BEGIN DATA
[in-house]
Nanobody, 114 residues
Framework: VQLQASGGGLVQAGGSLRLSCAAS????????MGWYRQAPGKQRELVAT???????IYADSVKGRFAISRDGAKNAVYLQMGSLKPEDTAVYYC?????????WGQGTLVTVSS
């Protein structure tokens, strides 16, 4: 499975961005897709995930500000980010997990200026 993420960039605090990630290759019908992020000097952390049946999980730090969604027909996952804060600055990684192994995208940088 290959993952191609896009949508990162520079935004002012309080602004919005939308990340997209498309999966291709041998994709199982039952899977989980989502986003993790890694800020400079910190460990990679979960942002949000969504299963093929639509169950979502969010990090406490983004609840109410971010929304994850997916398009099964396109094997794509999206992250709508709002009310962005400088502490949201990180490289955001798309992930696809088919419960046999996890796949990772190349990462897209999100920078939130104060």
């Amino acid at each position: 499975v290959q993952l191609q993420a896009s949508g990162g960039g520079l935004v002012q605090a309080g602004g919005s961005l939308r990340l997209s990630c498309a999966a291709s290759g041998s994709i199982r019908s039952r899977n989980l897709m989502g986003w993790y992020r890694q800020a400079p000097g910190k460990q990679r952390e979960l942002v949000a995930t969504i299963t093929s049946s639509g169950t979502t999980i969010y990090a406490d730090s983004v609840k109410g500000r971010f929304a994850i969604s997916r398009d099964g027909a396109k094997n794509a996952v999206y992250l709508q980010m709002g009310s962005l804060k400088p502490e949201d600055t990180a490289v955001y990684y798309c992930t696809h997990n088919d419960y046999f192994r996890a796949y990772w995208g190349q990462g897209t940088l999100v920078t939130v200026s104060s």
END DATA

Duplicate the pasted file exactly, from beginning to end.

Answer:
[in-house]
Nanobody, 114 residues
Framework: VQLQASGGGLVQAGGSLRLSCAAS????????MGWYRQAPGKQRELVAT???????IYADSVKGRFAISRDGAKNAVYLQMGSLKPEDTAVYYC?????????WGQGTLVTVSS
């Protein structure tokens, strides 16, 4: 499975961005897709995930500000980010997990200026 993420960039605090990630290759019908992020000097952390049946999980730090969604027909996952804060600055990684192994995208940088 290959993952191609896009949508990162520079935004002012309080602004919005939308990340997209498309999966291709041998994709199982039952899977989980989502986003993790890694800020400079910190460990990679979960942002949000969504299963093929639509169950979502969010990090406490983004609840109410971010929304994850997916398009099964396109094997794509999206992250709508709002009310962005400088502490949201990180490289955001798309992930696809088919419960046999996890796949990772190349990462897209999100920078939130104060």
């Amino acid at each position: 499975v290959q993952l191609q993420a896009s949508g990162g960039g520079l935004v002012q605090a309080g602004g919005s961005l939308r990340l997209s990630c498309a999966a291709s290759g041998s994709i199982r019908s039952r899977n989980l897709m989502g986003w993790y992020r890694q800020a400079p000097g910190k460990q990679r952390e979960l942002v949000a995930t969504i299963t093929s049946s639509g169950t979502t999980i969010y990090a406490d730090s983004v609840k109410g500000r971010f929304a994850i969604s997916r398009d099964g027909a396109k094997n794509a996952v999206y992250l709508q980010m709002g009310s962005l804060k400088p502490e949201d600055t990180a490289v955001y990684y798309c992930t696809h997990n088919d419960y046999f192994r996890a796949y990772w995208g190349q990462g897209t940088l999100v920078t939130v200026s104060s």